President Biden’s commitment to protecting 30% of U.S. lands and waters by 2030 (“30x30”) is one of the most significant environmental commitments of his early presidency. A central focus of this effort must be Alaska’s vast, but troubled, offshore waters.
Although we have a patchwork of temporary fishery management restrictions, astonishingly there are no permanent federal offshore marine protected areas such as National Marine Sanctuaries and Marine National Monuments in Alaska waters (the inside waters of Glacier Bay National Park are a separate, unique case). The Marine Conservation Institute confirms that, while half of all waters in the Pacific Islands region are “strongly protected,” none of Alaska’s waters currently receive such protection. None.
Significant federal lands were protected in the 1980 Alaska National Interest Conservation Act (ANILCA), but Alaska’s waters have not received comparable protection. As the Obama administration ignored our proposals to address this, President Biden must now fix this problem once and for all. Here’s why.
Alaska’s seas and coasts are unique and globally significant for their diversity, expanse, abundance of fish and wildlife, as well as historical, cultural and economic importance.
Half of the nation’s entire shoreline and three-fourths of our total continental shelf is in Alaska. The Alaska 200-mile Exclusive Economic Zone (EEZ) covers 1.45 million square miles (more than twice the land area of the state), and an area larger than the EEZ of all of the contiguous Lower 48 states combined. This vast Alaska offshore area hosts the most abundant populations of fish, shellfish, seabirds and marine mammals in the nation, and some of the most abundant in the world. And Alaska waters support thousands of jobs and a multibillion-dollar fishing and tourism economy.
But all is not well in Alaska’s oceans. Most of Alaska’s threatened and endangered species are marine animals, and many seabird and marine mammal populations are in decline — the result of excessive harvests of certain fish populations in combination with long-term changes in the ocean environment.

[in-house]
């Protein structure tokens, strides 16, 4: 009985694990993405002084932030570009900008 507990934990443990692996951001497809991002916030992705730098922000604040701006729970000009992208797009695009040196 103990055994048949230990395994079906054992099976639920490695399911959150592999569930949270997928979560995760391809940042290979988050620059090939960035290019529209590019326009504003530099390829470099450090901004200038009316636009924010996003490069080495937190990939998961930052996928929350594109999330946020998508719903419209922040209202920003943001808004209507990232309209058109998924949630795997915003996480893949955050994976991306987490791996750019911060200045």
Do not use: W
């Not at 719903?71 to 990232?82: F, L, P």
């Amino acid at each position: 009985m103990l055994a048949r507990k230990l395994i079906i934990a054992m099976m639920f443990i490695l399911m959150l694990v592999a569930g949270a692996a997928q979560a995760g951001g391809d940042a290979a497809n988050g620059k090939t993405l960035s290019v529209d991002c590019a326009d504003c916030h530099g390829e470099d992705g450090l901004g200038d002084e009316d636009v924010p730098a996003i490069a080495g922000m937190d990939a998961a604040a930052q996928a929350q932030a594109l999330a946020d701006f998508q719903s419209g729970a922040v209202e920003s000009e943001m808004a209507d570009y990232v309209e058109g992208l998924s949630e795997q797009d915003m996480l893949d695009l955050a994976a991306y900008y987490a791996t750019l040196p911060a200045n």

Climate change is reducing sea ice and causing unprecedented marine ecosystem impacts, including ocean acidification, warming waters, changes in distribution and abundance of marine species, subsistence impacts, salmon run failures, and coastal erosion. Unusual mortality events in marine organisms are becoming more frequent and extensive; persistent organic pollutants are found in Alaska’s marine mammals; marine debris continues to accumulate and kill indiscriminately; bottom trawling is damaging vast areas of seabed habitat; and invasive species are a growing concern.
Alaska’s oceans are dying, and the Biden administration offers a long-overdue opportunity to fix this. Here is some of what the administration should do:
• Commission the National Academy of Sciences to conduct an independent ecological assessment of Alaska’s federal waters in the Gulf of Alaska, Bering Sea/Aleutian Islands and Arctic Ocean. The assessment should identify all ecologically significant areas, present and future threats, and specific management tools to remedy such threats;
• From this assessment, formulate an Alaska National Interest Oceans Conservation Initiative, establishing permanent federal marine reserves, Marine National Monuments, and/or National Marine Sanctuaries (e.g. Aleutian Islands/Unimak Pass/Pribilof Islands; Bering Strait; Chukchi Sea/Beaufort Sea). These protected areas should prioritize protections for Alaska Native subsistence, small-boat coastal fisheries, and marine recreation and tourism economies;
• Permanently prohibit offshore oil and gas leasing in Alaska’s federal waters (3 to 200 miles offshore);
• After rejoining the Paris climate accord, advocate far more aggressive emissions reductions by all nations;
• Institute a robust program to reduce marine debris, invasive species and persistent organic pollutants in Alaska waters;
• Develop an Alaska Blue Economy Initiative to enhance sustainable jobs and economies in Alaska’s federal waters — subsistence, tourism, small boat fisheries, mariculture, low-carbon ocean energy development;
• Support coastal villages with climate adaptation needs, including relocation, food security and resilient infrastructure;
• Reduce the total allowable catch of certain fish stocks to increase prey availability for declining seabird and marine mammal populations;
• Establish a Russia/U.S. scientific working group to enhance conservation management of Bering Sea and Chukchi Sea marine ecosystems across the border;
• Engage with the Arctic Council to establish a network of marine protected areas across the circumpolar Arctic Ocean;
• Establish an Alaska Ocean Advisory Council representing all stakeholders in Alaska offshore management, to advise government and industry;
This may be our last best chance to reset Alaska ocean policy in time to save our offshore ecosystems. President Biden has already proven he wants to go big on environmental policy. We’re optimistic that this will include comprehensive, permanent protections in Alaska’s spectacular, but troubled, oceans.
Rick Steiner is a conservation biologist in Anchorage, former professor with the University of Alaska for 30 years (from which he resigned on principle due to an academic freedom dispute with university administrators), and has worked on climate change issues for decades.